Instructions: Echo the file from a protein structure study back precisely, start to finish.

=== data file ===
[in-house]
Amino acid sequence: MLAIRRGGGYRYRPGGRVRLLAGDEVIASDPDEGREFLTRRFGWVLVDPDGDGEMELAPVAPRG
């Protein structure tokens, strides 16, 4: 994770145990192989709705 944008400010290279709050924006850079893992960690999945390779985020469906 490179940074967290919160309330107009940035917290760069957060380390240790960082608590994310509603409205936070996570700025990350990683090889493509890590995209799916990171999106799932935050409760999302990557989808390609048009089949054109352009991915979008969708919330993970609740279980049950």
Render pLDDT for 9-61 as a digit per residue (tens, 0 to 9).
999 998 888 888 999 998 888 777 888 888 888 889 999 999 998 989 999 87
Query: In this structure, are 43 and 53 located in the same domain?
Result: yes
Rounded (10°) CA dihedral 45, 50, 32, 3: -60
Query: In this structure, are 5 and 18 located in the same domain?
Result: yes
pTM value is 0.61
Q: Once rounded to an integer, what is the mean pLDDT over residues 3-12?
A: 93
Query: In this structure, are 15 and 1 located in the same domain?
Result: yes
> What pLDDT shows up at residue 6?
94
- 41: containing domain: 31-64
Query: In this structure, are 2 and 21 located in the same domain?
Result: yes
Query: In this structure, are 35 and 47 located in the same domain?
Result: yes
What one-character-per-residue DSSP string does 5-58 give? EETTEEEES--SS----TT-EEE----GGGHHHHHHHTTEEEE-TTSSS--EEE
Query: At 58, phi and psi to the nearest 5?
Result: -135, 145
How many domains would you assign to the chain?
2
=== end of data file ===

[in-house]
Amino acid sequence: MLAIRRGGGYRYRPGGRVRLLAGDEVIASDPDEGREFLTRRFGWVLVDPDGDGEMELAPVAPRG
């Protein structure tokens, strides 16, 4: 994770145990192989709705 944008400010290279709050924006850079893992960690999945390779985020469906 490179940074967290919160309330107009940035917290760069957060380390240790960082608590994310509603409205936070996570700025990350990683090889493509890590995209799916990171999106799932935050409760999302990557989808390609048009089949054109352009991915979008969708919330993970609740279980049950």
Render pLDDT for 9-61 as a digit per residue (tens, 0 to 9).
999 998 888 888 999 998 888 777 888 888 888 889 999 999 998 989 999 87
Query: In this structure, are 43 and 53 located in the same domain?
Result: yes
Rounded (10°) CA dihedral 45, 50, 32, 3: -60
Query: In this structure, are 5 and 18 located in the same domain?
Result: yes
pTM value is 0.61
Q: Once rounded to an integer, what is the mean pLDDT over residues 3-12?
A: 93
Query: In this structure, are 15 and 1 located in the same domain?
Result: yes
> What pLDDT shows up at residue 6?
94
- 41: containing domain: 31-64
Query: In this structure, are 2 and 21 located in the same domain?
Result: yes
Query: In this structure, are 35 and 47 located in the same domain?
Result: yes
What one-character-per-residue DSSP string does 5-58 give? EETTEEEES--SS----TT-EEE----GGGHHHHHHHTTEEEE-TTSSS--EEE
Query: At 58, phi and psi to the nearest 5?
Result: -135, 145
How many domains would you assign to the chain?
2